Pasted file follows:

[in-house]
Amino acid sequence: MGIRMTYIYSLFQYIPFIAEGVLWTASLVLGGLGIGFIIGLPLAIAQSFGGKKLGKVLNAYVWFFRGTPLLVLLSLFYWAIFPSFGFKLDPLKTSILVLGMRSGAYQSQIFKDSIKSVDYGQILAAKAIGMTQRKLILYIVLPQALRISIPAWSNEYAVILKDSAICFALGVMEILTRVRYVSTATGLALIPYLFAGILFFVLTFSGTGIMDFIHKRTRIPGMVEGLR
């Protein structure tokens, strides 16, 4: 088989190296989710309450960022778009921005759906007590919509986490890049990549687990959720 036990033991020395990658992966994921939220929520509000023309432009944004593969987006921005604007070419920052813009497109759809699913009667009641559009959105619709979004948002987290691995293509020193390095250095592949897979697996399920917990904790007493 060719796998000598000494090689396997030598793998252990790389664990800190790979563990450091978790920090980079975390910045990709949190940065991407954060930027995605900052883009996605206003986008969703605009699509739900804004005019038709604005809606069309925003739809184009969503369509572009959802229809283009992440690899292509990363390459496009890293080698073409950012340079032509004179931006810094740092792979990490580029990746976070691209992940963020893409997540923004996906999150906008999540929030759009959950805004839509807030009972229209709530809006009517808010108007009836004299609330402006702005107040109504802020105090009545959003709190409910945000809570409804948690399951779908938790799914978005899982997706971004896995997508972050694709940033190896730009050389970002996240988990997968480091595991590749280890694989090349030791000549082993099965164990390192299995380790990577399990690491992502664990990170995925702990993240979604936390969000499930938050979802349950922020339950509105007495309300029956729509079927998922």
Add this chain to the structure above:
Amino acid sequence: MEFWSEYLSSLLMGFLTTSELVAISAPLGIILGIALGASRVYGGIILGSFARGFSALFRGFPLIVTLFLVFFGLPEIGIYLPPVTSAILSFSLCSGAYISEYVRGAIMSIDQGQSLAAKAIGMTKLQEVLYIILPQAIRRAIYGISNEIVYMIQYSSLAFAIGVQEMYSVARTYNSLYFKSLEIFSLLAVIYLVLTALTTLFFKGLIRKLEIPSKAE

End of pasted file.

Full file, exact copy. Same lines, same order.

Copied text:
[in-house]
Amino acid sequence: MGIRMTYIYSLFQYIPFIAEGVLWTASLVLGGLGIGFIIGLPLAIAQSFGGKKLGKVLNAYVWFFRGTPLLVLLSLFYWAIFPSFGFKLDPLKTSILVLGMRSGAYQSQIFKDSIKSVDYGQILAAKAIGMTQRKLILYIVLPQALRISIPAWSNEYAVILKDSAICFALGVMEILTRVRYVSTATGLALIPYLFAGILFFVLTFSGTGIMDFIHKRTRIPGMVEGLR
């Protein structure tokens, strides 16, 4: 088989190296989710309450960022778009921005759906007590919509986490890049990549687990959720 036990033991020395990658992966994921939220929520509000023309432009944004593969987006921005604007070419920052813009497109759809699913009667009641559009959105619709979004948002987290691995293509020193390095250095592949897979697996399920917990904790007493 060719796998000598000494090689396997030598793998252990790389664990800190790979563990450091978790920090980079975390910045990709949190940065991407954060930027995605900052883009996605206003986008969703605009699509739900804004005019038709604005809606069309925003739809184009969503369509572009959802229809283009992440690899292509990363390459496009890293080698073409950012340079032509004179931006810094740092792979990490580029990746976070691209992940963020893409997540923004996906999150906008999540929030759009959950805004839509807030009972229209709530809006009517808010108007009836004299609330402006702005107040109504802020105090009545959003709190409910945000809570409804948690399951779908938790799914978005899982997706971004896995997508972050694709940033190896730009050389970002996240988990997968480091595991590749280890694989090349030791000549082993099965164990390192299995380790990577399990690491992502664990990170995925702990993240979604936390969000499930938050979802349950922020339950509105007495309300029956729509079927998922």
Add this chain to the structure above:
Amino acid sequence: MEFWSEYLSSLLMGFLTTSELVAISAPLGIILGIALGASRVYGGIILGSFARGFSALFRGFPLIVTLFLVFFGLPEIGIYLPPVTSAILSFSLCSGAYISEYVRGAIMSIDQGQSLAAKAIGMTKLQEVLYIILPQAIRRAIYGISNEIVYMIQYSSLAFAIGVQEMYSVARTYNSLYFKSLEIFSLLAVIYLVLTALTTLFFKGLIRKLEIPSKAE